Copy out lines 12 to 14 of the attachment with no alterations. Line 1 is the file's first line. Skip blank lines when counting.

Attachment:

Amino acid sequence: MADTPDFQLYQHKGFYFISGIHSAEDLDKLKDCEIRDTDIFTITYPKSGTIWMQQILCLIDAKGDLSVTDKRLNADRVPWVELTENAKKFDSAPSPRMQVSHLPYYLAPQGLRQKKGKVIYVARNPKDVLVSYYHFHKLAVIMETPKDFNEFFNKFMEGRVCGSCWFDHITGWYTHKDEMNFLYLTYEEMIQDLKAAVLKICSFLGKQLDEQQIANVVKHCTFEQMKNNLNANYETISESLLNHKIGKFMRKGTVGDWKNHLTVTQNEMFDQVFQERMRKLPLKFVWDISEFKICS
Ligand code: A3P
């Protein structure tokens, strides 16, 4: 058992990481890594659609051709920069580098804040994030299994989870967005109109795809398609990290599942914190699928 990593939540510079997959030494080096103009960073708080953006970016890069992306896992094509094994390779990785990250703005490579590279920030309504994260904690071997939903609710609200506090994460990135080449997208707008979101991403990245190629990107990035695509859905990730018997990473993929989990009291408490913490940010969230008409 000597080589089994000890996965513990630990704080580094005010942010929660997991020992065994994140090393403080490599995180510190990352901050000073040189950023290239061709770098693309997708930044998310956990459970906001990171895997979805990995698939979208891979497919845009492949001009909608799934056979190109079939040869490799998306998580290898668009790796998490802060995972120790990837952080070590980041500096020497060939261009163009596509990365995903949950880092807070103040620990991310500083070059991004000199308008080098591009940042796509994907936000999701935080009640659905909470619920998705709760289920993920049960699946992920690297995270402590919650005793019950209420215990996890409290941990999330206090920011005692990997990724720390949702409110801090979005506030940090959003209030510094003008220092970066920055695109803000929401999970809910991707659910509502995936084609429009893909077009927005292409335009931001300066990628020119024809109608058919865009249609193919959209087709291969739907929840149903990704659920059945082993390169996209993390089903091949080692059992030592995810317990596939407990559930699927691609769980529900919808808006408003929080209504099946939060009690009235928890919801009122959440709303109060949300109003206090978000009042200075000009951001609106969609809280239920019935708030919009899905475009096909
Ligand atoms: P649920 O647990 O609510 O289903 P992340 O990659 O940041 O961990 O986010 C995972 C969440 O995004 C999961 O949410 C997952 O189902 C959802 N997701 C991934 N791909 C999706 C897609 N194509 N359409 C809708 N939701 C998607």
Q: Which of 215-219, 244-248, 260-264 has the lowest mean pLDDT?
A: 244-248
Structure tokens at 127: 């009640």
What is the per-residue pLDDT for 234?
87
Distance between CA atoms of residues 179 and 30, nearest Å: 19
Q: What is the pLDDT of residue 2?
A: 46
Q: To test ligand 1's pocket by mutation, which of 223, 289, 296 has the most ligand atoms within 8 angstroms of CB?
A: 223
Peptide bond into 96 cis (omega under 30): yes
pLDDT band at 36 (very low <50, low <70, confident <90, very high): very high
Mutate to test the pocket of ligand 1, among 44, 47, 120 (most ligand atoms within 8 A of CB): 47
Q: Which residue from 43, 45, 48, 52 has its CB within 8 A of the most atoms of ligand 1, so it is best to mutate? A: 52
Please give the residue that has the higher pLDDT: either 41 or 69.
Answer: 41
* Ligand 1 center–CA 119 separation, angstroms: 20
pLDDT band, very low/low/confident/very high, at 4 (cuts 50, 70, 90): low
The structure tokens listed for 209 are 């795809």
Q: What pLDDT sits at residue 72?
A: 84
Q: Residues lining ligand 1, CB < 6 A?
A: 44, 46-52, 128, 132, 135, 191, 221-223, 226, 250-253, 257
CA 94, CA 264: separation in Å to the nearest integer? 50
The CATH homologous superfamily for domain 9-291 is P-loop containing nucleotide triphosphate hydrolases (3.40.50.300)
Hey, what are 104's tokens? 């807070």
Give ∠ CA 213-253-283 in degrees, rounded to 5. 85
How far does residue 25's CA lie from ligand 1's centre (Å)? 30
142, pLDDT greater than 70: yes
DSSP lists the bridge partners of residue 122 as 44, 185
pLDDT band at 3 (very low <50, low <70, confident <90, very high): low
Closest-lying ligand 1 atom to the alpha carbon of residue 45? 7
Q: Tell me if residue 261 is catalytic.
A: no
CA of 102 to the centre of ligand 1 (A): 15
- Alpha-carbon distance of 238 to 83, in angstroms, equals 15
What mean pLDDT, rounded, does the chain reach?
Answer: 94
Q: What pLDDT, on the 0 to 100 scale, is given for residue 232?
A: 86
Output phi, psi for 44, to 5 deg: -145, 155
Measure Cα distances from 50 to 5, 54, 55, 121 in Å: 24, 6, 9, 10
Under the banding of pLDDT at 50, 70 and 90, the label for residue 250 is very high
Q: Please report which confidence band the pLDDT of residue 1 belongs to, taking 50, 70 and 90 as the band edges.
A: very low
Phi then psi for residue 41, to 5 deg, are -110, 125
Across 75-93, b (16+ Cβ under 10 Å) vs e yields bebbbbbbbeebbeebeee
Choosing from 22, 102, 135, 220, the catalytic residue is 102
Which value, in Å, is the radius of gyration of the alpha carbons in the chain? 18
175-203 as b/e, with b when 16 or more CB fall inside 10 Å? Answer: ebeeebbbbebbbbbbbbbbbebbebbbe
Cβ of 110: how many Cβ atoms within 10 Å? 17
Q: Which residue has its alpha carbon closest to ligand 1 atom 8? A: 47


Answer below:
A: 46
Q: To test ligand 1's pocket by mutation, which of 223, 289, 296 has the most ligand atoms within 8 angstroms of CB?
A: 223